For example, how many devices do we need versus want? We still need to homeschool plus work if we get any contracts plus it’s convenient to have a phone for taking pics and sharing them. And then there’s toys, we still need entertainment and stimulation for the little ones so how much is too much? What can I fit and what would be too heavy? We’re planning mainly warm climates so how many jackets or pants do we really need if we are only there for 10% of our trip.
At this stage I was already cutting down what I thought I would take because of how small my 80 litres actually is. Plus I was packing for myself and the youngest two.
I remember being exhausted at this point. Everything was manic!
Hubby was working up until the last day and I still had to do the usual looking after children, feeding them, catering to everyone’s emotional needs.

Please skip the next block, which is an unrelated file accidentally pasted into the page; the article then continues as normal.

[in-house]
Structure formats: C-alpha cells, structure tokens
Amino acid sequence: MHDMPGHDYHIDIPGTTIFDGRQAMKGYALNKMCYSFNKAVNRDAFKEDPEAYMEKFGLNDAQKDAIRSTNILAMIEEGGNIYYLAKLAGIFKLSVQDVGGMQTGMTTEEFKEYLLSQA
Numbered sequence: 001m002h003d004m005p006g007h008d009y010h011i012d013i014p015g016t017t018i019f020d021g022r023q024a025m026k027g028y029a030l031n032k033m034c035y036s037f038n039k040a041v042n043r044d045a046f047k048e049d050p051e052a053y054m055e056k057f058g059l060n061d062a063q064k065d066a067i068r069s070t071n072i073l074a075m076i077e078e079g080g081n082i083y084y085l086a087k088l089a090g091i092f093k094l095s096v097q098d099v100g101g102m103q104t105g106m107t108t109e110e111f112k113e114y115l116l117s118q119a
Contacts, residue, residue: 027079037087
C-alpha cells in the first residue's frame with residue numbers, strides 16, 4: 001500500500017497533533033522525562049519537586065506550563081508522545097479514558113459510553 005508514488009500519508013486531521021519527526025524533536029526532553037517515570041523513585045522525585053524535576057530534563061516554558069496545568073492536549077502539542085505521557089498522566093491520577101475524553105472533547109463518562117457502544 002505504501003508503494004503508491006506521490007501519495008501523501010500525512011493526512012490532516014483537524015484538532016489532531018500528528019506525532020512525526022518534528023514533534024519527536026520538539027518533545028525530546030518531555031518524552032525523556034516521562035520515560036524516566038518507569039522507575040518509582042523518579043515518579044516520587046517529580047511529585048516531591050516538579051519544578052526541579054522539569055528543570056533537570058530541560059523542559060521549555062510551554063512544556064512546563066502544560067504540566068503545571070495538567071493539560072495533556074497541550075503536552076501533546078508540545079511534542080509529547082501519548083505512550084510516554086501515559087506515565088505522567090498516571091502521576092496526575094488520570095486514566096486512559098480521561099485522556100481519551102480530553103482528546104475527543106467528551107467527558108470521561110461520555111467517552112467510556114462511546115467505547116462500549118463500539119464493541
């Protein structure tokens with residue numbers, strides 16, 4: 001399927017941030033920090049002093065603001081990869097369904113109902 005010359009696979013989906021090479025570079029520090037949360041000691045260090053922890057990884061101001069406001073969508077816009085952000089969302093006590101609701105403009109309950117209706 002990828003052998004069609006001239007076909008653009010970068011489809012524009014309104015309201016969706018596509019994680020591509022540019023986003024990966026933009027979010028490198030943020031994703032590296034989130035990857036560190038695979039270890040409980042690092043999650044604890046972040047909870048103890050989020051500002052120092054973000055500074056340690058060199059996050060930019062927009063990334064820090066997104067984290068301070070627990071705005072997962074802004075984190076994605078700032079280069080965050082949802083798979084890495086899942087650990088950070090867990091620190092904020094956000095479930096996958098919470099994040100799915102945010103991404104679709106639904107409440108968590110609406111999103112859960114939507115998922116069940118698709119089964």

I had boxed all the main items. But getting the older two to finalise their room was draining since they really didn’t want to be going. I should have been more sympathetic to their version of what packing up their room actually looks like. They have packed up so many times for an Airbnb but not for storage or selling a house. Anyway I was glad when it was finally over and they could go to sleep. Then I did the dreaded job of clearing all opened food from the cupboards. What a waste of so much. I didn’t have time to work out who to give it all to. Some friends popped by so I forced them to take a whole bunch of stuff.
We had eaten everything that was in the freezer but still had a few items in the fridge. I thought that by the time the fridge was turned off I would’ve moved out but there was still clearing to do once the movers had taken stuff.